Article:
Alan Weisman is an award-winning journalist whose reports have appeared in "Harper's, " "The New York Times Magazine, The Atlantic Monthly, " "Discover," and on NPR, among others. A former contributing editor to The Los Angeles Times Magazine, he is a senior radio producer for Homelands Productions and teaches international journalism at the University of Arizona. His essay "Earth Without People" ("Discover "magazine, February 2005), on which "The World Without Us" expands, was selected for "Best American Science Writing 2006."
Because of the scientific terminology and the interlinked data amassed bit by bit, this is not an easy read for narrator or lay listener. But it's a fascinating book, and Grupper handles it well. Grupper's careful narration brings to life Weisman's judicious organization, unambiguous grammatical structure and vivid descriptions of what would become of land, sea, fish, flora and fauna should humans disappear from the face of the earth. Weisman explains the earth's capacity for self-healing. Unchecked by human intervention, a city like New York would flood within days, its buildings and infrastructure would collapse, and soon the city would revert to its original ecosystem. But the message of the book is our legacy to the universe: "Every bit of plastic manufactured over the last 80 years or so still remains somewhere in the environment." Weisman and Grupper convert abstract environmental concepts into concrete ideas. Broadly and meticulously researched, finely interwoven journalism and imaginative projection, the book is an utterly convincing call to action. Simultaneous release with the St. Martin's/Dunne hardcover (Reviews, May 14). (July) Copyright 2007 Reed Business Information.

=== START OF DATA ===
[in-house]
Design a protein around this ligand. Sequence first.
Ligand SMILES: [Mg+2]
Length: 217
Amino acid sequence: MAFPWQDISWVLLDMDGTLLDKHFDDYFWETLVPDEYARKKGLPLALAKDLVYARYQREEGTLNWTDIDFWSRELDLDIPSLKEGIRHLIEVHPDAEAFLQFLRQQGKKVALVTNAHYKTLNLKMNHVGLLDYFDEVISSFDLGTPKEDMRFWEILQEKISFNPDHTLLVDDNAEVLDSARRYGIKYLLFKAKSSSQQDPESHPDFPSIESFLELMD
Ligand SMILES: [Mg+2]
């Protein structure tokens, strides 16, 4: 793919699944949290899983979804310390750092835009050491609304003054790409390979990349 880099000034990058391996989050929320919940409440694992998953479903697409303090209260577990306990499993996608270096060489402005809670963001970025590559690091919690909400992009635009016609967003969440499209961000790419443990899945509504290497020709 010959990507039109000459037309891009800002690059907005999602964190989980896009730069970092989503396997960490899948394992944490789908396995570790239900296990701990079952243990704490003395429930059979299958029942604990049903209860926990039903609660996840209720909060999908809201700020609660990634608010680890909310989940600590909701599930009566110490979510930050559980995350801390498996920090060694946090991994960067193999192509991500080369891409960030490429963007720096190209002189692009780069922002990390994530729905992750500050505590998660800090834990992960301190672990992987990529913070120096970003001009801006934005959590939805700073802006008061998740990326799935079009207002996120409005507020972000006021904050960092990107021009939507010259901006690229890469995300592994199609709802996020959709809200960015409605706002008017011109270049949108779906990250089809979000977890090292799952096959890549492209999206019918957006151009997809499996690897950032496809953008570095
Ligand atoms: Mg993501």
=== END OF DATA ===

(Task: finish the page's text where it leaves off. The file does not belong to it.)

This is one of the grandest thought experiments of our time, a tremendous feat of imaginative reporting! "Bill McKibben, author of The End of Nature and Deep Economy: The Wealth of Communities and The Durable Future" The imaginative power of "The World Without Us" is compulsive and nearly hypnotic--make sure you have time to be kidnapped into Alan Weisman's alternative world before you sit down with the book, because you won't soon return. This is a text that has a chance to change people, and so make a real difference for the planet. "Charles Wohlforth, author of L.A. Times Book Prize-winning The Whale and the Supercomputer" Alan Weisman offers us a sketch of where we stand as a species that is both illuminating and terrifying. His tone is conversational and his affection for both Earth and humanity transparent. "Barry Lopez, author of Arctic Dreams" An exacting account of the processes by which things fall apart. The scope is breathtaking...the clarity and lyricism of the writing itself left me with repeated gasps of recognition about the human condition. I believe it will be a classic. "Dennis Covington, author of National Book Award finalist Salvation on Sand Mountain" Fascinating, mordant, deeply intelligent, and beautifully written, "The World Without Us" depicts the spectacle of humanity's impact on the planet Earth in tragically poignant terms that go far beyond the dry dictates of science. This is a very important book for a species playing games with its own destiny. "James Howard Kunstler, author of The Long Emergency""